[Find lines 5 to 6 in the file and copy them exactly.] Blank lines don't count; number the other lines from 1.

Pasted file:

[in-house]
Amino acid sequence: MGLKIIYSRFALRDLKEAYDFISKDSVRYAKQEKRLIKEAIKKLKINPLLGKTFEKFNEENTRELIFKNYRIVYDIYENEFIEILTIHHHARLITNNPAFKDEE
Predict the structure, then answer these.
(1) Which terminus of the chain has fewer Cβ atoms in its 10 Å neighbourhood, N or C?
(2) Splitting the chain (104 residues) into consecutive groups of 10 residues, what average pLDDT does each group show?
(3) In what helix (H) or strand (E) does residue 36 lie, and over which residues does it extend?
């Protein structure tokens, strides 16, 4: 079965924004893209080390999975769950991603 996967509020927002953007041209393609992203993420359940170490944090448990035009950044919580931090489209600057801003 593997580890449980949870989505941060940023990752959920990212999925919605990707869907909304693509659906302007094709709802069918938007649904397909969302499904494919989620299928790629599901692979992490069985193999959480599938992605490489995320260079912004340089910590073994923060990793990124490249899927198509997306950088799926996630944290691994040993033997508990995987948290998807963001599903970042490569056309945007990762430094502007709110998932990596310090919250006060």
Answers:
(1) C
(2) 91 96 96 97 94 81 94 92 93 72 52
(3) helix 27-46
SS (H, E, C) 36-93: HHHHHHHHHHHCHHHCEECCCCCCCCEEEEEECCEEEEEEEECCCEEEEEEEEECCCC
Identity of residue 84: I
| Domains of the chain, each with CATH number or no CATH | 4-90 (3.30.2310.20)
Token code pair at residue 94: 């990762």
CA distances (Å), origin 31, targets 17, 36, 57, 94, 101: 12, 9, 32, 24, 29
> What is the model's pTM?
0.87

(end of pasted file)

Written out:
(2) Splitting the chain (104 residues) into consecutive groups of 10 residues, what average pLDDT does each group show?
(3) In what helix (H) or strand (E) does residue 36 lie, and over which residues does it extend?